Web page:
The movies on Blinky500’s page are varied to say the least. There is a lot of horror, some comedy, and a few psychological thrillers. Hard to digest at times, but overall very well-done, the movies are of a quality much higher than what one may expect from a small independent company whose films stream for free on YouTube. I highly recommend this channel.
The Watcher in the Woods is a 1980 Disney movie. A kid-friendly ghost story, Watcher tells the story of an American family of four who moves to a new house in England. Their move hinges on the approval of the owner of the house: the eccentric Mrs. Aylwood, played by the incomparable Bette Davis. Immediately, the oldest daughter of the family, Jan, begins picking up on a supernatural force which permeates the house. While the girl’s parents dismiss her fears, Mrs. Aylwood seems intrigued by Jan’s perceptiveness and allows the family to stay.
I had never heard of this movie in all my years of being a rather avid Disney fan and only came across it a few years ago by chance in a grocery store. Since it was near Halloween and going cheap, I put it in my basket and went home excited to watch it.
Happy October everyone! Once again it’s that wonderful month when all of my posts focus on spooky topics in preparation for Halloween. Today, I’d like to share a short fan film I came across recently, Scream Fan, by YouTube user ryanhorror.
The short film is based on the Scream series by Wes Craven, but exists in the “real world” as opposed to the Scream universe, meaning that the Scream movies are just movies in this film, not actual events. If you’re not familiar with Scream, get your butt over to Netflix and find it it’s a 90’s horror movie in which the characters are Genre Savvy and the movie itself is very clever, funny, and scary. To many horror fans, it also signified the end of the “slasher” films by influencing following films to be similarly witty and satirical. The movie was followed by two sequels, the last of which was released in 2000, making it the trilogy which essentially began and ended the 90’s horror revival.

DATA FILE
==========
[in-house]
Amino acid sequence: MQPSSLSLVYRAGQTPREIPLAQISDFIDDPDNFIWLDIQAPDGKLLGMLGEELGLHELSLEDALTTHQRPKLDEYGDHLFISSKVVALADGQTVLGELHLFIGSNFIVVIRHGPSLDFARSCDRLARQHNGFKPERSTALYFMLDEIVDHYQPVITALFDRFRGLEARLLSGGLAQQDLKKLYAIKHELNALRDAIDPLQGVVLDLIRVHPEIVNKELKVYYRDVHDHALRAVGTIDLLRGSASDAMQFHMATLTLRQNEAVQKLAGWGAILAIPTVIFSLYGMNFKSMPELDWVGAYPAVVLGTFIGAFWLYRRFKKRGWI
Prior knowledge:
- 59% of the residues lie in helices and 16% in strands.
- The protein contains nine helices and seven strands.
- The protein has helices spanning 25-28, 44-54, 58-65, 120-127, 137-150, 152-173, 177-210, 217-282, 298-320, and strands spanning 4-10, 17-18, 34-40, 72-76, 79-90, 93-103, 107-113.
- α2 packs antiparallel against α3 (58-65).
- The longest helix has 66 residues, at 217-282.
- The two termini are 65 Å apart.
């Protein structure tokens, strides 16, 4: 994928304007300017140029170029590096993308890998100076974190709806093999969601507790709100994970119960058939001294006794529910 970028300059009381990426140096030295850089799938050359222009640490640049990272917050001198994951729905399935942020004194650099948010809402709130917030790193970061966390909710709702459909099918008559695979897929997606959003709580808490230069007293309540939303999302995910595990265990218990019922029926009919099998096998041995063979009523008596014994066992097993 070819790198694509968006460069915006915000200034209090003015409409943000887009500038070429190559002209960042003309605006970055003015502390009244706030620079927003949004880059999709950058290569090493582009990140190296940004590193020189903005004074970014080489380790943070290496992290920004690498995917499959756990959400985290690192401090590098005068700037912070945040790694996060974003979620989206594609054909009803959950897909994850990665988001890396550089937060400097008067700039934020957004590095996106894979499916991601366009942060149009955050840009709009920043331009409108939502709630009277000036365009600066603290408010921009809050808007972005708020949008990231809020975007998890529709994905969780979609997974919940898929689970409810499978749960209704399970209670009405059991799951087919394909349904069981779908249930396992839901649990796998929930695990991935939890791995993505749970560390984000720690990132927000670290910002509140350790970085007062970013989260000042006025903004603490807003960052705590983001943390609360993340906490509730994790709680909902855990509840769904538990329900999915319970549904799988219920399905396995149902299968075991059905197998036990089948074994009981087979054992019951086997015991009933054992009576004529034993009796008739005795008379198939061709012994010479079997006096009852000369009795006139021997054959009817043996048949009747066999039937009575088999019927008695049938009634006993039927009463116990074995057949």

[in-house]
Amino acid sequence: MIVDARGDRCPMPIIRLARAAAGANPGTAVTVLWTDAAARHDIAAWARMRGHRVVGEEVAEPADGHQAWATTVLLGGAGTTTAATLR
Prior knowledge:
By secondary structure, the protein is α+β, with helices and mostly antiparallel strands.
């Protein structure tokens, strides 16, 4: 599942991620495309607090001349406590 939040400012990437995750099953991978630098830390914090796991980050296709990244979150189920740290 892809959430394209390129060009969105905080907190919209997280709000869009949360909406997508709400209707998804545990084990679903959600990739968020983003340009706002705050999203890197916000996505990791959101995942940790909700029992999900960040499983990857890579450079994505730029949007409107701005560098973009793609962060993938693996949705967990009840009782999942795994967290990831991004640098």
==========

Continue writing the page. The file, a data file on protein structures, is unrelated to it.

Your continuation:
That is, until 2011, when a fourth installment was released. Many fans, myself included, didn’t greet the news of another film with thunderous applause. We were led to believe that the Scream story was complete and that it was that rare horror series which knew when to stop. The whole theme of the third movie (since, again, the characters know the tropes of their genre) was that it was the concluding chapter of a trilogy and everyone knew it. How could there possibly be another installment after such an excellent conclusion? I honestly don’t know, because I skipped seeing number four in theaters and still haven’t gotten around to renting or buying the DVD.
…and that’s exactly what this fan film is about.
In this quick movie, the killer is targeting Scream fans who “turned [their] back on Scream” and skipped seeing the fourth movie. The killer is a super fan who cannot and will not accept that the latest movie didn’t reach the success of its predecessors and is ready to punish everyone responsible for this fact.
I’m honestly amazed by how well this film is done. In such a short amount of time, true suspense was created and everyone involved should be very proud of their work. It stays very true to the spirit of the Scream films with a genre savvy lead and a killer who toys with the target over the phone long enough to build tension and develop a connection with the audience before finally getting to the action between the two. Both performers in the film do a great job with their roles and keep the viewer engaged throughout.
Give the film a watch, it only takes eleven minutes out of your day and it’s a great way to get yourself ready for the spookiest month of the year! Now, if you’ll excuse me, I think I need to go rent Scream 4 before I get a phone call from you know who…
Wes Craven’s 1984 classic A Nightmare on Elm Street is my all-time favorite horror movie and honestly ranks as one of my favorite movies of any genre. There’s so much that’s great about this movie (and its sequels of varying quality) and so much to unpack (from the characters to the story telling to the strong women and of course the horror icon Freddy Krueger) that I’ll definitely be coming back to it to discuss more in the future, but I couldn’t let the month of Halloween slip by without talking about ANOES at least once.